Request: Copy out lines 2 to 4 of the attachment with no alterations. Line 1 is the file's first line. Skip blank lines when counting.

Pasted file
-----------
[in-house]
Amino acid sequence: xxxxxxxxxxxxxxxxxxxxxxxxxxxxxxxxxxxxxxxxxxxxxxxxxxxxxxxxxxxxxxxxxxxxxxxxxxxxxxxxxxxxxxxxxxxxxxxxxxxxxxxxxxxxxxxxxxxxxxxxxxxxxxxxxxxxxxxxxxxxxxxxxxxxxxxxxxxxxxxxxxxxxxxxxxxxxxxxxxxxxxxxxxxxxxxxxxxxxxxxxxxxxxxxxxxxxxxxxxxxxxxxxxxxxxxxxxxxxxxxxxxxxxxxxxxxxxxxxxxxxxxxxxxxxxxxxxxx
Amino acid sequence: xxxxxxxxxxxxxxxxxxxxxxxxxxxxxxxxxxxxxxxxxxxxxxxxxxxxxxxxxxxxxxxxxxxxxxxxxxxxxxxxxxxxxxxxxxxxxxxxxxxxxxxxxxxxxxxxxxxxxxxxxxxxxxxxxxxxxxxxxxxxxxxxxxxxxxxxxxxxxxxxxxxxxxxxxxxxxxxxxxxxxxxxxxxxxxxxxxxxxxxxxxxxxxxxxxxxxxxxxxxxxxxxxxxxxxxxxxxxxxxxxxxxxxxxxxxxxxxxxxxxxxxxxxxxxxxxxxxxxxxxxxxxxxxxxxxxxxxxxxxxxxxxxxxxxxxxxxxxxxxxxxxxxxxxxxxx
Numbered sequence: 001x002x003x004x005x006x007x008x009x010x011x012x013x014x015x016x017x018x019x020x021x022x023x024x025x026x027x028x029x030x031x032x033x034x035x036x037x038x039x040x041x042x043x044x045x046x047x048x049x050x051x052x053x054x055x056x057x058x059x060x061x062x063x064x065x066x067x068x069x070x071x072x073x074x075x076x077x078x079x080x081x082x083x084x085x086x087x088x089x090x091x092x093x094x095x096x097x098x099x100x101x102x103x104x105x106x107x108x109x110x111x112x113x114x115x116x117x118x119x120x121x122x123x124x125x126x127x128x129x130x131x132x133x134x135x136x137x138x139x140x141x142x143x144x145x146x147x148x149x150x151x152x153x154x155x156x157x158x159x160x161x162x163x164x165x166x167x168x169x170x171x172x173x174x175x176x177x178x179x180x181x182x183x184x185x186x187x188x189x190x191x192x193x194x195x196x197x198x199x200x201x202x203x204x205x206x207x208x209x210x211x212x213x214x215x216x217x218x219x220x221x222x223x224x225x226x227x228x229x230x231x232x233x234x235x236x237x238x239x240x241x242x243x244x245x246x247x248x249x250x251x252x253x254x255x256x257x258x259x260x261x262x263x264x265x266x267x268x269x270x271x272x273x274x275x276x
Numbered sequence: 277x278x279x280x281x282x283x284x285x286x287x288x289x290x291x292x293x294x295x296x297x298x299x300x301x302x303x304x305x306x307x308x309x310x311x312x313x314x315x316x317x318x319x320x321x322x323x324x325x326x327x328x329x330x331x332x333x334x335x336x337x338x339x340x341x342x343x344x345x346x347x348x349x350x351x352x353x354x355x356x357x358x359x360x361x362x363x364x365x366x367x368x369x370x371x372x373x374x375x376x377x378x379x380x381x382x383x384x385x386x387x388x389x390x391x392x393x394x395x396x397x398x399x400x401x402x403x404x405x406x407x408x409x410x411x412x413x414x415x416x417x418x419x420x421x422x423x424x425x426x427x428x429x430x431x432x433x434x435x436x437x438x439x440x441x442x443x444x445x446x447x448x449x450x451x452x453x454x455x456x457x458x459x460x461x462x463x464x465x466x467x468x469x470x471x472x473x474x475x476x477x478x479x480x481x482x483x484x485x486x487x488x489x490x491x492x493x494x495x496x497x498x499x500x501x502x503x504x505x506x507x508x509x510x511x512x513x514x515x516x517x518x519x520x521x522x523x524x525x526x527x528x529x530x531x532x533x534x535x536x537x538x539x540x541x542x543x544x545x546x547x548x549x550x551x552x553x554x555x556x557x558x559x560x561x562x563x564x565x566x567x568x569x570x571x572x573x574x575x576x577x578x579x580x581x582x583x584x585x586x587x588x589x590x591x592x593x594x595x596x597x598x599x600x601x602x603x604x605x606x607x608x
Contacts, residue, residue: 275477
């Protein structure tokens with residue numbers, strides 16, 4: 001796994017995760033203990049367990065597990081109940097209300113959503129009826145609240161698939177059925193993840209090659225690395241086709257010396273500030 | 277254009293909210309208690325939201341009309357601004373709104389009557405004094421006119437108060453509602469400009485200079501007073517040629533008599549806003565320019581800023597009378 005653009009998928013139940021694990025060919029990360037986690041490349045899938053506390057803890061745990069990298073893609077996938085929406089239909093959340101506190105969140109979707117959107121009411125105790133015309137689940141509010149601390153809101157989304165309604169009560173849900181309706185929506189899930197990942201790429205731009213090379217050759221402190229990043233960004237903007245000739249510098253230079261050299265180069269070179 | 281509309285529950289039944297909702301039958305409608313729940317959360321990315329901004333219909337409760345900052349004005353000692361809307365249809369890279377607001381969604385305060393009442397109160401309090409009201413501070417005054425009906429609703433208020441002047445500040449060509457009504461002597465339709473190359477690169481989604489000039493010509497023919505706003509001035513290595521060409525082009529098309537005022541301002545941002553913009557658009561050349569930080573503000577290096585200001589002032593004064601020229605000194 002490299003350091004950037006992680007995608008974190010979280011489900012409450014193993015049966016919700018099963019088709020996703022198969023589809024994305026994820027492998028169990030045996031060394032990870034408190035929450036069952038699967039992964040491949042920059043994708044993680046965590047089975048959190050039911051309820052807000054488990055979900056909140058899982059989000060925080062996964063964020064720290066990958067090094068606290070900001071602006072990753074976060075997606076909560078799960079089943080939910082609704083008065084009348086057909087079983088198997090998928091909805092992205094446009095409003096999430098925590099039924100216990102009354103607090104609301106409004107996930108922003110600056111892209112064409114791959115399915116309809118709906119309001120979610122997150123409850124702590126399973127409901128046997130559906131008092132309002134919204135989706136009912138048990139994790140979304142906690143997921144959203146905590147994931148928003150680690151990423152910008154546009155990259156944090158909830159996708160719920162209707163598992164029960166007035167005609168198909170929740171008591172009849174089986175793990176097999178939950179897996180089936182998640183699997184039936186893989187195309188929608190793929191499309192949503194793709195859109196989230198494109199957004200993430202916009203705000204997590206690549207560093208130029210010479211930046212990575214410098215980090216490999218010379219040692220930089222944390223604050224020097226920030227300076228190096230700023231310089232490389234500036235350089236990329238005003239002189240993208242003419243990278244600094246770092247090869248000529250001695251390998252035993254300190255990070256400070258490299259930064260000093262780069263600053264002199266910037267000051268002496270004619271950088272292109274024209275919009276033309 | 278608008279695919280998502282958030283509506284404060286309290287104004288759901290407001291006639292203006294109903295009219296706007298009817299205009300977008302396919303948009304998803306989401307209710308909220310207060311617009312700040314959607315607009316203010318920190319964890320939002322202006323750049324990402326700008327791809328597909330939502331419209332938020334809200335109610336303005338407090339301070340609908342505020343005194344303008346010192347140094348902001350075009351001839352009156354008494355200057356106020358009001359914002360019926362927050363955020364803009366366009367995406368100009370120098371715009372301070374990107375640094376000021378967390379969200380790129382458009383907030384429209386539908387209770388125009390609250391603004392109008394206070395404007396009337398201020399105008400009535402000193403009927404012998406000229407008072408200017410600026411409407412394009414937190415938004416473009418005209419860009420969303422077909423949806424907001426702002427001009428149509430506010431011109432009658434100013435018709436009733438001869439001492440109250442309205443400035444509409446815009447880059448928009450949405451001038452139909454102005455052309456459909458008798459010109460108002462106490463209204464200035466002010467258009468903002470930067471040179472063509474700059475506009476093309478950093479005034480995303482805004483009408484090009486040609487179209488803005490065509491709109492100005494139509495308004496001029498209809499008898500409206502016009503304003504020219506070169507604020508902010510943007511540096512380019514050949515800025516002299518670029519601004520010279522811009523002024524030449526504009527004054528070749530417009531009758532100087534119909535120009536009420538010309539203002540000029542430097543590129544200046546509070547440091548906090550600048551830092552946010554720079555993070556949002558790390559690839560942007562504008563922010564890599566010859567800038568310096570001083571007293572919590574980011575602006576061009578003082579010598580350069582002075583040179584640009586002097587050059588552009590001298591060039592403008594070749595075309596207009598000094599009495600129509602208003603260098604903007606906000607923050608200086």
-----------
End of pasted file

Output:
Amino acid sequence: xxxxxxxxxxxxxxxxxxxxxxxxxxxxxxxxxxxxxxxxxxxxxxxxxxxxxxxxxxxxxxxxxxxxxxxxxxxxxxxxxxxxxxxxxxxxxxxxxxxxxxxxxxxxxxxxxxxxxxxxxxxxxxxxxxxxxxxxxxxxxxxxxxxxxxxxxxxxxxxxxxxxxxxxxxxxxxxxxxxxxxxxxxxxxxxxxxxxxxxxxxxxxxxxxxxxxxxxxxxxxxxxxxxxxxxxxxxxxxxxxxxxxxxxxxxxxxxxxxxxxxxxxxxxxxxxxxxx
Amino acid sequence: xxxxxxxxxxxxxxxxxxxxxxxxxxxxxxxxxxxxxxxxxxxxxxxxxxxxxxxxxxxxxxxxxxxxxxxxxxxxxxxxxxxxxxxxxxxxxxxxxxxxxxxxxxxxxxxxxxxxxxxxxxxxxxxxxxxxxxxxxxxxxxxxxxxxxxxxxxxxxxxxxxxxxxxxxxxxxxxxxxxxxxxxxxxxxxxxxxxxxxxxxxxxxxxxxxxxxxxxxxxxxxxxxxxxxxxxxxxxxxxxxxxxxxxxxxxxxxxxxxxxxxxxxxxxxxxxxxxxxxxxxxxxxxxxxxxxxxxxxxxxxxxxxxxxxxxxxxxxxxxxxxxxxxxxxxxx
Numbered sequence: 001x002x003x004x005x006x007x008x009x010x011x012x013x014x015x016x017x018x019x020x021x022x023x024x025x026x027x028x029x030x031x032x033x034x035x036x037x038x039x040x041x042x043x044x045x046x047x048x049x050x051x052x053x054x055x056x057x058x059x060x061x062x063x064x065x066x067x068x069x070x071x072x073x074x075x076x077x078x079x080x081x082x083x084x085x086x087x088x089x090x091x092x093x094x095x096x097x098x099x100x101x102x103x104x105x106x107x108x109x110x111x112x113x114x115x116x117x118x119x120x121x122x123x124x125x126x127x128x129x130x131x132x133x134x135x136x137x138x139x140x141x142x143x144x145x146x147x148x149x150x151x152x153x154x155x156x157x158x159x160x161x162x163x164x165x166x167x168x169x170x171x172x173x174x175x176x177x178x179x180x181x182x183x184x185x186x187x188x189x190x191x192x193x194x195x196x197x198x199x200x201x202x203x204x205x206x207x208x209x210x211x212x213x214x215x216x217x218x219x220x221x222x223x224x225x226x227x228x229x230x231x232x233x234x235x236x237x238x239x240x241x242x243x244x245x246x247x248x249x250x251x252x253x254x255x256x257x258x259x260x261x262x263x264x265x266x267x268x269x270x271x272x273x274x275x276x